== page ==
From Pastor Dave McMillan
But now in Christ Jesus you who were once far off have been brought near by the blood of Christ for he is our peace. In his flesh he has made both groups into one and has broken down the dividing wall, that is, the hostility between us.
Over 27 years ago, my sister and her husband spent many months and tens of thousands of dollars to become pregnant. In their mid–30’s (after numerous disappointments and heartbreaks) they decided to adopt a child. They explored several avenues and settled on adopting a child from Guatemala, where the waiting period and expenses were considerably less. They were able parents, ready to offer a child, any child, a loving home.
After a call from their lawyer that a young boy was available, they traveled to Guatemala City to receive their six-month-old package of joy. Though years have passed, I remember their excitement and our joy at welcoming my new nephew, Benjamin, home, into our extended family.
Over the years, we’ve remained close as a family, sharing birthday parties, weddings, holidays, and vacations. Ben has become as much a part of the family as any other member. Still, I’ve become aware — through things my sister has shared with me privately and from the rare occasions when Ben has willingly been forthcoming — that his life has been much more difficult than our own He’s had to live with feelings of rejection, alienation, and discrimination because of his physical features, dark black hair, and skin color.
I’m embarrassed to say that I’ve been less than sympathetic towards Ben, at times inwardly questioning his stories of prejudice and discrimination, wanting to believe that most people are basically good and fair in their estimation and treatment of others. It couldn’t be as bad as he’s made it out to be. Is this his justification for not accepting the hard responsibilities of adulthood? Mm…How easy it was for me to judge — a white middle-aged male living in a predominantly white world, with all the privileges this affords me.
If there was ever a time in recent history when the Church could make a difference in the course of a nation, it is now.”
A few nights ago, my sister called me on her way home from work. She’d been on the phone with Ben, who has worked several years for an organic lawn service servicing wealthier neighborhoods. He’d pulled his truck to the side of the road and was unloading his spreader when a man drove up next to him. Lowering his window, he yelled that Ben’s truck was illegally parked; then looking at him, he said, “Just like you, an illegal immigrant.”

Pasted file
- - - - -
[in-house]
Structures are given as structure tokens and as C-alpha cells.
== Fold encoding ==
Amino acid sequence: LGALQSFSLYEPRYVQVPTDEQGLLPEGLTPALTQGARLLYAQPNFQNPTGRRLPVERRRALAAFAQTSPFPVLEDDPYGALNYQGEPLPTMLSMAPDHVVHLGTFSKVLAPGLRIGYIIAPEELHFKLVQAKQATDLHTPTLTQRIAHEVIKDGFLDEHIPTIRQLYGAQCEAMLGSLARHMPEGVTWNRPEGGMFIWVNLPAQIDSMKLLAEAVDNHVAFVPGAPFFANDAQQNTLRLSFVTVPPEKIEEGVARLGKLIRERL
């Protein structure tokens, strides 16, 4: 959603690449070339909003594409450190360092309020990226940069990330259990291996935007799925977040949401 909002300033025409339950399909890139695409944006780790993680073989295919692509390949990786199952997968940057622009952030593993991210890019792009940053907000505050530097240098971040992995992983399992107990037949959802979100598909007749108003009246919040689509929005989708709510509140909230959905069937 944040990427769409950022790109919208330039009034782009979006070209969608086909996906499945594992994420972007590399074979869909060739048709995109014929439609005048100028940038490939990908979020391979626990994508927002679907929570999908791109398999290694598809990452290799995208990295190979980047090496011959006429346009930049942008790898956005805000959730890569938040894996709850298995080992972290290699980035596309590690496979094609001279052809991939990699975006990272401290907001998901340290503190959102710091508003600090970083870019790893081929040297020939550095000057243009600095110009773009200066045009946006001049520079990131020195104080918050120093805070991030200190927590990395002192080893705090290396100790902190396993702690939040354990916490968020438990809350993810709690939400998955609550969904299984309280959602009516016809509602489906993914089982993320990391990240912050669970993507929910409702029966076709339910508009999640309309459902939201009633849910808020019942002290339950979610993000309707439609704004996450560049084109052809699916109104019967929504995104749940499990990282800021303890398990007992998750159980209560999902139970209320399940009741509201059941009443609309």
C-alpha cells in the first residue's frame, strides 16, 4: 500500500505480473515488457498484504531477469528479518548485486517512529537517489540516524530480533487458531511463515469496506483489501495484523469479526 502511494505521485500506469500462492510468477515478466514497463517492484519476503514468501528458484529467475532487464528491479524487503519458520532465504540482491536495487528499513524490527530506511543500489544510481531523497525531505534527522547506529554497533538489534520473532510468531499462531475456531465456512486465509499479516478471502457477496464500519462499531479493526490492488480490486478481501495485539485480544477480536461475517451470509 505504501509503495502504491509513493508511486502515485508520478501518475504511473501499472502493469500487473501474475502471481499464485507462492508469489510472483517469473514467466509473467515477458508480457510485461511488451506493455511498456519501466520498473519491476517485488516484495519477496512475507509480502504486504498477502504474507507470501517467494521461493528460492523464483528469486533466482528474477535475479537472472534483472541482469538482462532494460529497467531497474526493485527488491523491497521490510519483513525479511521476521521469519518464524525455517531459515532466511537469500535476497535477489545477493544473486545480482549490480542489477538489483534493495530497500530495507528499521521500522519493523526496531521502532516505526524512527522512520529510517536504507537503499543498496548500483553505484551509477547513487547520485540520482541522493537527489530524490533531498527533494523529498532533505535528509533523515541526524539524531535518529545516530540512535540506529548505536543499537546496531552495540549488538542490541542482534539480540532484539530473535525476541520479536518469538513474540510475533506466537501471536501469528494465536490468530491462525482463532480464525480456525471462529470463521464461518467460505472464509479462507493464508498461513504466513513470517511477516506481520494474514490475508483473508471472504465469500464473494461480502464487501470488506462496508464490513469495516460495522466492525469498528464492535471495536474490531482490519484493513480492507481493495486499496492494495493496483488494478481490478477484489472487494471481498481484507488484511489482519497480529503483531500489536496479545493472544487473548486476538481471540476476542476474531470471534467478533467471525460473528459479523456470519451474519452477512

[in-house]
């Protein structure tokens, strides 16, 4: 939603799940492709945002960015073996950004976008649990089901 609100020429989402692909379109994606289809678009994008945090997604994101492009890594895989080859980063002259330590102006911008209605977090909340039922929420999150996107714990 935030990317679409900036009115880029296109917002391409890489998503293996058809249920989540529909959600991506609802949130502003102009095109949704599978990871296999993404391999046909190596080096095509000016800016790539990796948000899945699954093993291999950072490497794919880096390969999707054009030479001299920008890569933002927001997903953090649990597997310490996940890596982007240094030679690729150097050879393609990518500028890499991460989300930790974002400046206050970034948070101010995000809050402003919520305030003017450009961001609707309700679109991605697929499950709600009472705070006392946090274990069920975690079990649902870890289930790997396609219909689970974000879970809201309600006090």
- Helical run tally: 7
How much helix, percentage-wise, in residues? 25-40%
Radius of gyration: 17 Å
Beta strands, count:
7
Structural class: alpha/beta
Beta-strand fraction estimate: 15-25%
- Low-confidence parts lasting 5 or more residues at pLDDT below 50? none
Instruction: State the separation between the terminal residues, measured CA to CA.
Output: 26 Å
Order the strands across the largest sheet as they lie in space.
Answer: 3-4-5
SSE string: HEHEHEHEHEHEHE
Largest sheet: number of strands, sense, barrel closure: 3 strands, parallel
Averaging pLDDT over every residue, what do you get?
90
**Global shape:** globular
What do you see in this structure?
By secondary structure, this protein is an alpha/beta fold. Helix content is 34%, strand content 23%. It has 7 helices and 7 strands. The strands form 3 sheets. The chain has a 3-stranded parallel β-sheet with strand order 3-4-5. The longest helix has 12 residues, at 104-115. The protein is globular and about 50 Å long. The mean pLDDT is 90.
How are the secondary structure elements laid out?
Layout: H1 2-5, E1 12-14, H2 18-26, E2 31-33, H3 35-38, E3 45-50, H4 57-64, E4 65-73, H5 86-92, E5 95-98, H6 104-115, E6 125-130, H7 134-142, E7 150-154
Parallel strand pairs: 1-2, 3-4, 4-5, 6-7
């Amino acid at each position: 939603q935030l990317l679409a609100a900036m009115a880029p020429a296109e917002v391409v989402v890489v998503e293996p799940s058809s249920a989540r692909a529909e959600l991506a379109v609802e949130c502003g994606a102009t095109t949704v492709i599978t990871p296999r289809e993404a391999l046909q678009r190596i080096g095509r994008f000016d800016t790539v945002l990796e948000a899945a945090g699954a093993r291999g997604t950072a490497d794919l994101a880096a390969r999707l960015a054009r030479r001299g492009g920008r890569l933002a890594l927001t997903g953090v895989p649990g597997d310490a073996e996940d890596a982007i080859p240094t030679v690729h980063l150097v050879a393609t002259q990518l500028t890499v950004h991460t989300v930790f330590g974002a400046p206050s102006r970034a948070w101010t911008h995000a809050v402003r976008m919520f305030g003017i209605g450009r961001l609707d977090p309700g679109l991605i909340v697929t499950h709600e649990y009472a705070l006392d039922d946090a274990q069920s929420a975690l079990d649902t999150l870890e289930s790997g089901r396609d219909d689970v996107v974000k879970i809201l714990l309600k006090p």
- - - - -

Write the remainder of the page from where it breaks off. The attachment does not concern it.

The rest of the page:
Something sticks in your gut when words like these are said to someone you love. First, you want to go and confront this person. At least, you think it. Then, all your own prejudices take the wind out of your sails. Who have I looked at and thought the same? Whose son, father or mother, whose nephew? How could we, white America, know what it’s like to be the object of such hatred and prejudice unless we’ve been on the receiving end ourselves?
There’s a lot of hate out there — and I’m afraid to say — a lot of hate in here, too…in our own hearts. In the past several months it seems to have been unleashed upon the world, even accepted and condoned. It’s more than the result of a presidential campaign; some call it the underbelly of America.
In my mind, it comes, in part, from economic uncertainties and a continued breakdown in community: in our homes and in the civic and religious institutions that have traditionally held us together. It comes as a result of the breakdown in human relationships, especially today, along the lines of race, which have been charged with renewed, deep-seated fears and mistrust. But, ultimately, it’s a spiritual problem arising from an insecurity born of feelings of being unacceptable or unaccepted. When a person feels fully loved and accepted in the eyes of God, he cannot help but love and accept all others.
If there was ever a time in recent history when the Church could make a difference in the course of a nation, it is now. By Church, I mean individual churches and Christians, each of us first looking honestly at ourselves in light of the life of Christ who confronted the social challenges of his day while also being a peacemaker and bridge builder.
As followers of Christ, we’re called to be a healing balm, reaching across existing hatreds to offer a way to relate to one another, to break down walls of hostility that separate us. We’re called to do this through acts of self-sacrifice, service, humility, and love…a love for all people, including those who do not look like ourselves.